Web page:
What Is Wrongful Dismissal In Ontario?
A wrongful dismissal in Ontario occurs when an employee is terminated without cause or justification, fired or laid off by their employer and not provided appropriate notice of termination, or notice of dismissal, or pay in lieu of notice. Pay in lieu of notice is commonly referred to as termination pay or severance pay.
A dismissal may also be a result of a settlement agreement entered into while employment, as well as at other times. A dismissal may be without cause, and it can even be made without reason by agreement. However, employees are protected from dismissal for a number of reasons, which are often not obvious. If you have recently been fired by your employer, it is crucial that you have all the facts regarding your termination, especially when considering pursuing a wrongful dismissal claim.
How Is Wrongful Dismissal In Ontario Defined?
There are various sorts of dismissal in Ontario, which can be lawful as well as unjust. This means you can dismiss an organization you work with and terminate a partnership in a company with the sole goal being to gain the advantage over your business client. For instance, suppose an organization that employed you left you out of a project for which you were qualified, although the work was done in a style in which you were completely unfamiliar with; could you be charged with the wrongful dismissal of your former employer? The answer to this question is very much an easy yes.
There are several causes of wrongful dismissal in Ontario that can be covered by a wrongful dismissal charge. We will highlight a few of them below:
A wrongful dismissal charge can be filed when:
The organization dismisses an employee for any reason, which, when found to be unjust, means that any remedy of dismissal would be justified under the law.
The employee can prove the reasons for dismissal as not having been justified or reasonable.
The company can prove that the reason for dismissal was one that did not fall within the employer’s business enterprise standards and could be considered unprofessional.
What Kinds Of Wrongful Dismissal In Ontario Are There?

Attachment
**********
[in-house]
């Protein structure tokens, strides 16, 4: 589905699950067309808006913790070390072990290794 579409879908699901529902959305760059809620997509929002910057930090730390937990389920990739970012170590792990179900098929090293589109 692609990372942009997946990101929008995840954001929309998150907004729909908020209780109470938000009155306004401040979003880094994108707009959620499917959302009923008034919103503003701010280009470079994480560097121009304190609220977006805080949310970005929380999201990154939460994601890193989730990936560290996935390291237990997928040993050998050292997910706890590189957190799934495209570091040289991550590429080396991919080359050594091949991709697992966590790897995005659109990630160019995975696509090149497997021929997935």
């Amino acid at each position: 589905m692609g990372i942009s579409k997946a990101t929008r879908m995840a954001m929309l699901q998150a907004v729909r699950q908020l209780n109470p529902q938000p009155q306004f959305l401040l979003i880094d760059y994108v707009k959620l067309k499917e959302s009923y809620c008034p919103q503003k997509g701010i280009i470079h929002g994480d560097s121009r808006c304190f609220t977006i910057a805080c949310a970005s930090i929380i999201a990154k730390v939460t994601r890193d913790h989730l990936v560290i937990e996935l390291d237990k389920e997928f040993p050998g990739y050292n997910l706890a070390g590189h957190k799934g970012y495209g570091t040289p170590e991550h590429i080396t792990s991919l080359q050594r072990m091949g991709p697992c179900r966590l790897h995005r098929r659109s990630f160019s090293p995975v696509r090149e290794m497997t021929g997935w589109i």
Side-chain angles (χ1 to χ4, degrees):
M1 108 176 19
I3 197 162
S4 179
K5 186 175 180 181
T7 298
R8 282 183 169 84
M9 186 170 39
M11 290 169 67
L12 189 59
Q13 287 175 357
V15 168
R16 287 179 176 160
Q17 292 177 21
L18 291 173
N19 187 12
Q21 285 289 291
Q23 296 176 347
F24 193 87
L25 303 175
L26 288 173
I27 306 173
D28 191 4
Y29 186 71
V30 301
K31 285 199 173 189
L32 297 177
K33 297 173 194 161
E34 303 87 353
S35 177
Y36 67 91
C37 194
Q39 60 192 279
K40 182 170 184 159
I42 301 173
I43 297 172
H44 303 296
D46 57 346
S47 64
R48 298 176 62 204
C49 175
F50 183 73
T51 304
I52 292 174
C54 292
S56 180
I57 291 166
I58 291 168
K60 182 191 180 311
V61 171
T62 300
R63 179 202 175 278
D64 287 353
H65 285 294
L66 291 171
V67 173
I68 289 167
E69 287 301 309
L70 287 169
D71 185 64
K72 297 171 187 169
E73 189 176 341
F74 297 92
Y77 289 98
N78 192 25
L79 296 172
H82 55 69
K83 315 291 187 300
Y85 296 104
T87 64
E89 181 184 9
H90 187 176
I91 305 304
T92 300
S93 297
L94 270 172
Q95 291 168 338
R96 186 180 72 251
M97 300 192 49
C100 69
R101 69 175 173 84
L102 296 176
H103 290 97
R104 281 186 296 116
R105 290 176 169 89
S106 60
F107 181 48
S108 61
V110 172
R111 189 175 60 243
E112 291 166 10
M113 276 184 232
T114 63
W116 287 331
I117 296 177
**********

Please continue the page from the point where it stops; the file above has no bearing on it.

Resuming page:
A wrongful dismissal charge can be the remedy that you seek when you believe you were wrongfully dismissed.
There are three kinds of wrongdoing that you might need to seek help from to obtain an Ontario wrongful dismissal court judgement:
Wrongful termination: The organization dismisses an employee in a manner that could be considered unjustified or not appropriate. They do this for a variety of reasons.
Liability of the employer: It is the employer’s responsibility to have a workforce in place for the business
In Ontario, a dismissal is not a complete loss of employment or a complete denial of one’s status as an active member of the workforce, but it simply represents the removal of one’s employment or agency status. If this is done with the knowledge and approval of the employer(s) or their representative(s), a “wrongful dismissal claim’ is brought against the employer(s), and seeks a return of the money that was due to the employee or agency that was dismissed.
This is different than an “unjust dismissal claim’ brought against the employer(s), and which seeks payment of the lost wages and benefits owed to the employee. In these claims, the claimant is seeking actual damages, as well as an injunction, to restore the financial status that was originally lost by the employer (s).
Employers’ Potential Liability Within A Wrongful Dismissal Claim?
A wrongful dismissal claim against an employer is generally brought to recover the benefits that were wrongfully withheld or to recover the value of the employee’s services during the period of wrongful dismissal.
An employer can be found liable in wrongful dismissal claim for the following reasons:
The employee/agency was given a contract of employment.
The employee/agency was terminated without written leave.
The employee/agency’s contract was one that did not include a requirement that he or she provide a written notice of termination not less than 10 days before the termination date.
The employer had knowledge of a pre-existing “mutual obligation to provide for the employee” that was ignored and not followed by the employee.
If you believe that you were wrongfully terminated or have claim for wrongful dismissal, let Toronto’s Family-First Wrongful Dismissal Team at Benjamin Law handle the details, in order to get you the compensation that you deserve.